ANAT 30 for 30: 1988 – 2018

In our 30 for 30 focus, we remember 30 watershed moments and stories celebrating ANAT’s 30th anniversary…

  1988: Thursday 25 October 

The seeds that grew into ANAT were sown by Interface, a suite of ‘art meets technology’ events developed by the Experimental Art Foundation, working with the South Australian Ministry of Technology, for Adelaide’s 1984 Festival of Arts. A pilot led to ANAT’s establishment in 1988 with a mandate to ‘promote, foster and develop … interaction between the arts, science and technology’.

With these aims in mind, ANAT was tasked with: managing the Australia Council’s devolved Artists and New Technology Fund; collecting and disseminating information relevant to the field; maintaining a database of artists, institutions and organisations; publishing a regular bulletin; contributing to both Australian and international arts and technological publications; initiating and managing special projects; and providing information, advice and assistance to artists, educators and students.

In its first year, Australian new media artists were invited to contribute to Imagescape, an event showcasing recent Australian works in film, video and computer graphics for the 1988 Adelaide Festival.

And the very same year, FISEA (the First International Symposium on Electronic Art), was staged in The Netherlands, bringing together “scientists, artists and other specialists in the field of the electronic arts” in a “scientific, creative and educational forum”. The zeitgeist was underway!

Image: ANAT’s certificate of incorporation

1989: Thursday 1 November

In its second year ANAT launched its National Summer School program, aiming to expand the palette of artists by helping them skill-up in the use of new technologies.

Twelve artists, designers and performers from around Australia converged on Regency College of TAFE in Adelaide for the chance to experiment with a range of software and hardware.

Researcher, artist, writer and performer, Virginia Barratt was one of the 1989 Summer School participants. Virginia is a founding member of VNS Matrix, the influential cyberfeminist collective, and is currently undertaking a PhD at Western Sydney University.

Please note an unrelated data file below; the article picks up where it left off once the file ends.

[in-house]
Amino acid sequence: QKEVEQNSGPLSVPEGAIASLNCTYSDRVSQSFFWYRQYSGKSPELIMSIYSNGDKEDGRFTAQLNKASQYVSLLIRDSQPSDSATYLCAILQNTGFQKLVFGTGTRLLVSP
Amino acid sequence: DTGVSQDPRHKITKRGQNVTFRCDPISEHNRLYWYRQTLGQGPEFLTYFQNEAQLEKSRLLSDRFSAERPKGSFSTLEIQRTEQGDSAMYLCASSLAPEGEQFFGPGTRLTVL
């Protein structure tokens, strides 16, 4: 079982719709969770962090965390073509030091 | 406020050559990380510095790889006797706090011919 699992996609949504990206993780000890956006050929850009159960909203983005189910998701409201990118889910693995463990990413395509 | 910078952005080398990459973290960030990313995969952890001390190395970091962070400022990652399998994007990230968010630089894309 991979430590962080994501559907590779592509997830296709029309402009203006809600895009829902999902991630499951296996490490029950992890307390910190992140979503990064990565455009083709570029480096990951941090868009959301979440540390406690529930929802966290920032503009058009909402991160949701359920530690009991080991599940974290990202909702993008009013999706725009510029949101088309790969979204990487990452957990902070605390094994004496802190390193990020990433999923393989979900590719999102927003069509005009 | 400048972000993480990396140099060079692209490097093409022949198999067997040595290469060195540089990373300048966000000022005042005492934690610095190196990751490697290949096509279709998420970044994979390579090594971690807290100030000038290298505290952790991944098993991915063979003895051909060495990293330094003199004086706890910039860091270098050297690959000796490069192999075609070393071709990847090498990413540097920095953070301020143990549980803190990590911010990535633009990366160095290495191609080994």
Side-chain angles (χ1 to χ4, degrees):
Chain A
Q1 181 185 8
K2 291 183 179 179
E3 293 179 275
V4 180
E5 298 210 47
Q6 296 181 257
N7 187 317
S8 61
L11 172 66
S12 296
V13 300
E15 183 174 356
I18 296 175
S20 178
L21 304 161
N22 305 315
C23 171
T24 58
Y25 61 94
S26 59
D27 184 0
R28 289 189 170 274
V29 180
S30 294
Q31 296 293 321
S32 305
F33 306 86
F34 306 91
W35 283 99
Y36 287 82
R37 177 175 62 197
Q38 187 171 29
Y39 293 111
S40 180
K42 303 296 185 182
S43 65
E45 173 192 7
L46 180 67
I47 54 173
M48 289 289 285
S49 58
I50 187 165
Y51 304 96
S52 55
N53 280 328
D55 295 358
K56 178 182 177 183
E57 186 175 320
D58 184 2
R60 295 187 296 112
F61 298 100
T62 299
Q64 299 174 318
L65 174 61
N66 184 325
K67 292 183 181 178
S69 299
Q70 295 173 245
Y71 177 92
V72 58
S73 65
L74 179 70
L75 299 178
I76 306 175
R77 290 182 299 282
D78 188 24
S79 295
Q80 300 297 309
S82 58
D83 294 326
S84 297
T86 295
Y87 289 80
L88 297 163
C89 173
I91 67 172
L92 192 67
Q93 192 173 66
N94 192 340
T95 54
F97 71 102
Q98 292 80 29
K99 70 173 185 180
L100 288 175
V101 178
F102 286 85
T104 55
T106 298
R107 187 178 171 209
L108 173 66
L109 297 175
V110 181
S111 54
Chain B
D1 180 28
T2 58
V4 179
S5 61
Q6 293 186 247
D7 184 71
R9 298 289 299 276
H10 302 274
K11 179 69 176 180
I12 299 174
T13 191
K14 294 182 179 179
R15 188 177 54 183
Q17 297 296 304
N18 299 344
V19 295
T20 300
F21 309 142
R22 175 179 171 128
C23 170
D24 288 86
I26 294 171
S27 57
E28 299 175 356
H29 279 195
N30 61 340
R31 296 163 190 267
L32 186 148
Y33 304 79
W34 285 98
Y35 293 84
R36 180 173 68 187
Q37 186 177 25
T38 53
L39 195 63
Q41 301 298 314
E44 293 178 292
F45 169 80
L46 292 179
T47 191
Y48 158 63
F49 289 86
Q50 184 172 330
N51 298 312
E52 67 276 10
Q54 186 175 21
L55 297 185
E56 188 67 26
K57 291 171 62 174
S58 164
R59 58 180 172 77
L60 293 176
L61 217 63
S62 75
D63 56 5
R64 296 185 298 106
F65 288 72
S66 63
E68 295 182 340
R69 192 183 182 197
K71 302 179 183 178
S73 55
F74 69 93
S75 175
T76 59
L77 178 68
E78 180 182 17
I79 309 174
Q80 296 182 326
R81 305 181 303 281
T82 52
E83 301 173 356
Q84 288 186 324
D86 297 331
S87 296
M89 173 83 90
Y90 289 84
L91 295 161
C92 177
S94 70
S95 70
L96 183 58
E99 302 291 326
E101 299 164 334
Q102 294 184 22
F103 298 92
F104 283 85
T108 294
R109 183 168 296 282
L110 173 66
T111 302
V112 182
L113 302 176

1989 National Summer School in Computer Aided Design and Manufacture

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Image: Virginia Barratt and Adam Boyd, ‘Dada Do’, Eyeline Art Magazine Launch, School of Arts Building, 15 May 1987, Brisbane. Photograph Jose Macalino.

1990: Thursday 8 November

In ANAT’s third year its exhibition Towards a New Aesthetic – Exploring Computer Aided Art featured big in AUSGRAPH 90, the art program of the Australasian Computer Graphics Forum’s annual conference, held in Melbourne.

This second in ANAT’s ongoing program of exhibitions focussing on works that utilise technology—particularly those developed during / inspired by participation in ANAT’s national summer (and sometimes winter) schools—featured works by Adam Wolter, Diane Mantzaris, Hilary Archer, Linda Wallace, Lynne Roberts-Goodwin, Peter Charuk, Phil George, Phillip Bannigan and Sue Harris, Richard Guthrie, Rodney Harris, Sandra Shaw, Simryn Gill, Stelarc, Stephen Hennessy and Wendy Mills.

Wendy Mills remembers the exhibition as “a productive follow-on from the summer school, in that it showcased a new direction that artists were exploring” and “reinforced a feeling of optimism in the potential for using computers in the arts”.

On a personal note, Wendy feels the summer school and exhibition helped her shift the direction of her practice “from ‘real world’ installations to digital constructions and interactive artworks”. It wasn’t all good though, as back then, the equipment required to produce and show these works was still very expensive. Wendy had had to raise funds to produce her work, but during the exhibition equipment used in various artworks was stolen from the gallery. “The sound element of my work, which had been recorded live for the exhibition, was on a master cassette tape. This tape was stolen along with the cassette player, and never heard again.”

That year, ANAT also organised a delegation to SISEA (the Second International Symposium on Electronic Art), which was again staged in The Netherlands.

Image: Wendy Mills, “memories of next easter”, 1990. Installation of transparent cibachromes and recorded sound, 400 x 400 x 400 cm. Sound by Stephen Leek and VoiceArt


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